LISTEN | 'The decline continues and is gaining pace' — expert on 2024 election voter turnout

04 June 2024 - 19:13
By DEMI BUZO
A long line of voters snakes around the Gauteng Provincial Legislature in Johannesburg to cast their votes on May 29 2024.
Image: Thapelo Morebudi A long line of voters snakes around the Gauteng Provincial Legislature in Johannesburg to cast their votes on May 29 2024.

While the 2024 national and provincial elections were declared free and fair by the IEC, voter turnout saw a serious decline. 

About 16.2-million citizens voted in the seventh democratic elections, out of the just more than 27-million people who registered to vote. 

The national average stood at 58.6%.

The voter turnout results were announced by the IEC during the 2024 national and provincial election results announcement at the national results operations centre on Sunday evening.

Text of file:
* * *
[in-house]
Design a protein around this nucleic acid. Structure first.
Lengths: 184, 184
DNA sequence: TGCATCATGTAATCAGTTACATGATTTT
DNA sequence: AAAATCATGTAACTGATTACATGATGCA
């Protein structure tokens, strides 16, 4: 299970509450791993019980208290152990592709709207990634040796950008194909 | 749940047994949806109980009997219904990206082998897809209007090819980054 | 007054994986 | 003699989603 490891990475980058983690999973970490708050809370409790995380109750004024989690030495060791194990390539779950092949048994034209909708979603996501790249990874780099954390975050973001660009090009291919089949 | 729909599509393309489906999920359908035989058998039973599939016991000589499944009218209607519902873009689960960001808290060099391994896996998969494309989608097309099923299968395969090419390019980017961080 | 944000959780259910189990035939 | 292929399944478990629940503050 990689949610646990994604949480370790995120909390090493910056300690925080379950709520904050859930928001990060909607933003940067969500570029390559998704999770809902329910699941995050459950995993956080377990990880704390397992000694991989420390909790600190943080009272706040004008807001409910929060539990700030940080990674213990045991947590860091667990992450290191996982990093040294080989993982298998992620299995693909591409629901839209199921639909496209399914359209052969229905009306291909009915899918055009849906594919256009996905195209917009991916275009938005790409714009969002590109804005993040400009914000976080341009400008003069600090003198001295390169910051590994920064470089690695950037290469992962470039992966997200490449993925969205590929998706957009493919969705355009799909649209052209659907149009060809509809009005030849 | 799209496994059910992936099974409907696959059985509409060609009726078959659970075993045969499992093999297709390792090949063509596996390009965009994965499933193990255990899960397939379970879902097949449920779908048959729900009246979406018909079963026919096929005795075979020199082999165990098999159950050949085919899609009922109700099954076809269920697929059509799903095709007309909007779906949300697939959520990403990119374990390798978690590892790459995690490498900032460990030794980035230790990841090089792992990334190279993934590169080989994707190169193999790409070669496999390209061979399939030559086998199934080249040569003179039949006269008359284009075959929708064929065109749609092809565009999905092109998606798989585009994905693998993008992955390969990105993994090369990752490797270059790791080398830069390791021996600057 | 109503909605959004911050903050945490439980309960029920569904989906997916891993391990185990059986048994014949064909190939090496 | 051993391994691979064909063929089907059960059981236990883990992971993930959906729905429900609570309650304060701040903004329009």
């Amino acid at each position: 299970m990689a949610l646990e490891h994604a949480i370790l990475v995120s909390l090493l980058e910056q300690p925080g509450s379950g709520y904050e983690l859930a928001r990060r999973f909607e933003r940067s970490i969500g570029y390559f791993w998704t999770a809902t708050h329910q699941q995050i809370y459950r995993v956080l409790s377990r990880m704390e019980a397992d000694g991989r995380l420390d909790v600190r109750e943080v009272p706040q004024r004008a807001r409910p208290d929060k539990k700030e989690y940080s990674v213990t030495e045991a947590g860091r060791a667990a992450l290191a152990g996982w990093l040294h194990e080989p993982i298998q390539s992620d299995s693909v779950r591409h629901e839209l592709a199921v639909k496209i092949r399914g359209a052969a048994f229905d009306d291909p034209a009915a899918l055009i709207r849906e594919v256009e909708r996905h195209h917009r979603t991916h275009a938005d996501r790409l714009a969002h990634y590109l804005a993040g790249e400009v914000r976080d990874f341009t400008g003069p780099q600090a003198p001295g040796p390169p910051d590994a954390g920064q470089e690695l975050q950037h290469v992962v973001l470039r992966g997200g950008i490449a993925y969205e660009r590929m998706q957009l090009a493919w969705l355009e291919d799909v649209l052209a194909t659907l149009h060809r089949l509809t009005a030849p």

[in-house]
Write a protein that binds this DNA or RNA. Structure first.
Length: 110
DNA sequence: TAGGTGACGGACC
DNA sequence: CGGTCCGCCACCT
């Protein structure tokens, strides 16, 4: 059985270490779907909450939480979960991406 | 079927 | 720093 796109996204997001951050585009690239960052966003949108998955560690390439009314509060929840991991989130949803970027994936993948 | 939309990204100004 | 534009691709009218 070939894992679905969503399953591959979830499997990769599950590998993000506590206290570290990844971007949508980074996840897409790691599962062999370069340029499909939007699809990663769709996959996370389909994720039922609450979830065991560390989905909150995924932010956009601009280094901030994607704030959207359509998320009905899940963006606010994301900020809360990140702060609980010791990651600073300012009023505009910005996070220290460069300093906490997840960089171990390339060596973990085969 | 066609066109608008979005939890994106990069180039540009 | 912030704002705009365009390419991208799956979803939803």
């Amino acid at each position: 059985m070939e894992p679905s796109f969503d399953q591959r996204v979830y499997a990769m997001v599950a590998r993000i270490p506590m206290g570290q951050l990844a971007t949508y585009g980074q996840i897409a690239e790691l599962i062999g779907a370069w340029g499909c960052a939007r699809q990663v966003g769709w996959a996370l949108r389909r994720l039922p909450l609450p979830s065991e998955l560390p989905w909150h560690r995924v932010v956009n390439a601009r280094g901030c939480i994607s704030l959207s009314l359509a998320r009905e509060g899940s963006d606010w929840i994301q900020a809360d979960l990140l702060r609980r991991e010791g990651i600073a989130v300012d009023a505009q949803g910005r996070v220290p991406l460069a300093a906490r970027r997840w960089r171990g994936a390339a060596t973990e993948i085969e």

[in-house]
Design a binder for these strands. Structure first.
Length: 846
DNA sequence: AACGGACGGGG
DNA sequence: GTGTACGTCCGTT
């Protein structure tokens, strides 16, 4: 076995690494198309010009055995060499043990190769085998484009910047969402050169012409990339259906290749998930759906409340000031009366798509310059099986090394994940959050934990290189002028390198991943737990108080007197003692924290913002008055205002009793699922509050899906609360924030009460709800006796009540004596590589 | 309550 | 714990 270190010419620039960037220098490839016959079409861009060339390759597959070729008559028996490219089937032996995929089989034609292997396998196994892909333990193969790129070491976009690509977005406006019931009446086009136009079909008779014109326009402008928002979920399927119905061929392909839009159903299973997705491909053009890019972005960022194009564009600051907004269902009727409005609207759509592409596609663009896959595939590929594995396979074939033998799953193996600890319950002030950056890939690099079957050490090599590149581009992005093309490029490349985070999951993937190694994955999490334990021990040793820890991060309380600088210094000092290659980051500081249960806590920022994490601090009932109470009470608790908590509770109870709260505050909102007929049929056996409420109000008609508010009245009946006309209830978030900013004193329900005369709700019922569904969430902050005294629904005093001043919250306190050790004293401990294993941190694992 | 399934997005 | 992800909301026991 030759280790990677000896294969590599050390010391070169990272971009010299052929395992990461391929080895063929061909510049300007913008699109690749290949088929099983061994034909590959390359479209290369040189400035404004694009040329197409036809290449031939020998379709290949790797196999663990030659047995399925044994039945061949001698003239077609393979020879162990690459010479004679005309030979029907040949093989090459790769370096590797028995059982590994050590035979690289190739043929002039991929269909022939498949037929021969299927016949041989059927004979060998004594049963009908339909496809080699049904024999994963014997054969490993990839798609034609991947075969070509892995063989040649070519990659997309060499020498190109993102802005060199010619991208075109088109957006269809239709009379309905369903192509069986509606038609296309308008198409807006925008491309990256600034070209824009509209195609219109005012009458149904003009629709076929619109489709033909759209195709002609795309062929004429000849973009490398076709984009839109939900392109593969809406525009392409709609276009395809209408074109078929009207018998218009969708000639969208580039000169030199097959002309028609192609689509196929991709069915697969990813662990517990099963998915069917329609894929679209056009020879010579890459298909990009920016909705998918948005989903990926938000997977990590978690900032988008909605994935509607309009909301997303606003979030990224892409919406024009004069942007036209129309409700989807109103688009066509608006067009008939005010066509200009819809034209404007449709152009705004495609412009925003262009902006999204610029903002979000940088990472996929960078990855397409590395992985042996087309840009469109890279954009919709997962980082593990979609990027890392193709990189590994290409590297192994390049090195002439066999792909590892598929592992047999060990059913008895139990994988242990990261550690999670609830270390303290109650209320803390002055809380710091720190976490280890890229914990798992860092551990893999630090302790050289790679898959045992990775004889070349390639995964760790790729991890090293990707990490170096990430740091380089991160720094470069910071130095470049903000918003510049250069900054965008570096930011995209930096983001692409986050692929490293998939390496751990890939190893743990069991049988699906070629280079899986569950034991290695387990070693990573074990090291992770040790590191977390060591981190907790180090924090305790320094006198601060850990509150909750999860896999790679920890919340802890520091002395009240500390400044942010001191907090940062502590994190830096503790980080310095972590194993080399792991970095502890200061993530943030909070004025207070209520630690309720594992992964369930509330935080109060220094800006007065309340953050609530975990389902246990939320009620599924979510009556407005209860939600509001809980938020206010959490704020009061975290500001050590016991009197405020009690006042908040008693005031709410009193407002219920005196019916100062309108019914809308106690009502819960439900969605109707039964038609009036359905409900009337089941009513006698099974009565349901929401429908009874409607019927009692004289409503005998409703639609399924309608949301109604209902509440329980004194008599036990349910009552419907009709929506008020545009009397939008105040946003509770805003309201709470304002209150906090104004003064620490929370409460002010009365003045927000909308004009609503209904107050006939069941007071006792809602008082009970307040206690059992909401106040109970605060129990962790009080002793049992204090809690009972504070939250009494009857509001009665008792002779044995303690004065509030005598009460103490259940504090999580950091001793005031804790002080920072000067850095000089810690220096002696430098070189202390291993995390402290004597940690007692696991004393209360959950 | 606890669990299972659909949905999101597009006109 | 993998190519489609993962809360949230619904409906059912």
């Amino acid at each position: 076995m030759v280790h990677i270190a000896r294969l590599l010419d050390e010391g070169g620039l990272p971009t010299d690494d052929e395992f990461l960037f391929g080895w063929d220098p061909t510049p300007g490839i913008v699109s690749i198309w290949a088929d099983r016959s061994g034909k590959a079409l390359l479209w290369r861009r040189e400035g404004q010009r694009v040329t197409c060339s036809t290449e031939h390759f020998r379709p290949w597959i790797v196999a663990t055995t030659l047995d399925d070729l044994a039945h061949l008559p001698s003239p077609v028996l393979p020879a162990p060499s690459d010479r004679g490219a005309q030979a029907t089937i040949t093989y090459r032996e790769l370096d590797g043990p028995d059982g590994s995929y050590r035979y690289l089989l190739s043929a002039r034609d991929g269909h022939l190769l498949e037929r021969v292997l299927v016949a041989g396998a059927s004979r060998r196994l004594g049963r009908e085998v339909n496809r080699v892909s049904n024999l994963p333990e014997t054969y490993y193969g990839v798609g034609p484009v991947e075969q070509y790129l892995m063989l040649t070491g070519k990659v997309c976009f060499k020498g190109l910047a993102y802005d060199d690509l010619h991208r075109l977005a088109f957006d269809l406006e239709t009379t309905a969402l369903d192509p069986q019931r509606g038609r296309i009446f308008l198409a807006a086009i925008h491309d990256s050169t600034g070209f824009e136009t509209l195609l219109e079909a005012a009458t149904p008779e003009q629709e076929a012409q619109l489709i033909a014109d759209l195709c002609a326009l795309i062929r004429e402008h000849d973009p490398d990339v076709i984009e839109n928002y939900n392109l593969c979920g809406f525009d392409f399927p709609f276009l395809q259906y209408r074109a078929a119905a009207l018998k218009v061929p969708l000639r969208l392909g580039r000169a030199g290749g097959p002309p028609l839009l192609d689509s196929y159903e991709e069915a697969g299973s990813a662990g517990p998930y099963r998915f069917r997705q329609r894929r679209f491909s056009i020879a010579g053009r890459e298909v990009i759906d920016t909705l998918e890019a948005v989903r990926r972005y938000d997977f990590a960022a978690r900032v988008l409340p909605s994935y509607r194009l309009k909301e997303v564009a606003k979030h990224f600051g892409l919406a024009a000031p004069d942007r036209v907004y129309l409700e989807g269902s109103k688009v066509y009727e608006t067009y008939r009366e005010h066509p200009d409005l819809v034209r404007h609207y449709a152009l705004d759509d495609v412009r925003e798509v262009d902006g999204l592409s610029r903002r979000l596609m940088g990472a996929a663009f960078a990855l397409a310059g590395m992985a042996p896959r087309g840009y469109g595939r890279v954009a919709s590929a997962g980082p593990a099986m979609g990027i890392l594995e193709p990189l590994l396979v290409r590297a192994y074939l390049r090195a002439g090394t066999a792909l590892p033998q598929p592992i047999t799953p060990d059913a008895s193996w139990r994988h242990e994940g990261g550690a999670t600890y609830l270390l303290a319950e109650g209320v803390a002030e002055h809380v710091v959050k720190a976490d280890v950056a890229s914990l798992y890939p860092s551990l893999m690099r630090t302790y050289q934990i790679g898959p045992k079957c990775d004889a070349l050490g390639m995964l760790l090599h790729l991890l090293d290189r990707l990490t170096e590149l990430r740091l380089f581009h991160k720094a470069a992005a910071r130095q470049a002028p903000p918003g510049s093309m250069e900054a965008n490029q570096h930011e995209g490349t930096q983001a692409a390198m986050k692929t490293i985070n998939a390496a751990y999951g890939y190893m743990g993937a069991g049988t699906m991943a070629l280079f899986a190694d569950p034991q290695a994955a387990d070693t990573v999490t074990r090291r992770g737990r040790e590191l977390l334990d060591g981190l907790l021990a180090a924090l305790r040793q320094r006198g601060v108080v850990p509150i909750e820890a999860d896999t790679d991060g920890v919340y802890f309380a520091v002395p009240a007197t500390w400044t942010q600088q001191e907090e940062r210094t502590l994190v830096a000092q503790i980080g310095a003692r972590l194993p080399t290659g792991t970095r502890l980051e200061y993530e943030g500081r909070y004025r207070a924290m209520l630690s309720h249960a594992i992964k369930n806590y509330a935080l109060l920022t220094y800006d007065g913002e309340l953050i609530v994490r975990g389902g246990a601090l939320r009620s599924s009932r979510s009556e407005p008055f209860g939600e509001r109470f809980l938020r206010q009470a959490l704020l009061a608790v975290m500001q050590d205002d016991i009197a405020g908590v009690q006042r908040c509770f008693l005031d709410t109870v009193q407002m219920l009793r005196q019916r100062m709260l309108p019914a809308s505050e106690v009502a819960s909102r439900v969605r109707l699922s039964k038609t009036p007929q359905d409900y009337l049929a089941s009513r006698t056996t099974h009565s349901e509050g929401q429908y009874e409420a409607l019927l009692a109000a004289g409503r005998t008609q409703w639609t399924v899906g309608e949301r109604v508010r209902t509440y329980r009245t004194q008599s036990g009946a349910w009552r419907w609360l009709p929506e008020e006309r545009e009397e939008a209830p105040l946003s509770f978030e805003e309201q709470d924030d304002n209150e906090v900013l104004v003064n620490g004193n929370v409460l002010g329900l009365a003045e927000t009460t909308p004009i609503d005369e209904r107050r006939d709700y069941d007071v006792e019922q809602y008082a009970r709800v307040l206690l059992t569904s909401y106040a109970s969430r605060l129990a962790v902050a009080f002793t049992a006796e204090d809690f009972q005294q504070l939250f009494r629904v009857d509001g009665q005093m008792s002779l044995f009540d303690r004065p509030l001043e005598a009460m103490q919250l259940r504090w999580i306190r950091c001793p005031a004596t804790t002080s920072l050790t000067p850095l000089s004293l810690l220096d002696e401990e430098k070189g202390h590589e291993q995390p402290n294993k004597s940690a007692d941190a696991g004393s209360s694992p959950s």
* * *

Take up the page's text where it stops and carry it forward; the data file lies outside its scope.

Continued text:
Associate professor and voting behaviour specialist Collette Schulz-Herzenberg of the department of political science at Stellenbosch University says the decline in participation is a concern. 

“The data over time suggests that South Africans are genuinely losing interest in politics if people do not believe that their vote counts, or can influence the outcome of the political system,' she said.

Some have blamed the decreased voter turnout on the issues experienced by voters at the voting stations, which saw some voters drop out of lines. 

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About 40-million South Africans were eligible to vote. 

Speaking to TimesLIVE, some citizens who chose not to vote cited several reasons including seeing no hope in a failed government, lack of political information/education, a disinterest in politics as well as religious reasons. 

Political expert Asanda Ngoasheng also weighed in, saying another reason some citizens didn't vote is that opposition parties have not convinced them they are a good alternative. 

The hotly contested elections saw a record number of parties as well as independent candidates take part. 

Speaking to the media on Sunday morning at the national ROC, ANC secretary-general Fikile Mbalula cited low voter turnout as a challenge for them. The ruling ANC dipped below 50% for the first time in 30 years, receiving 40% of the total national vote.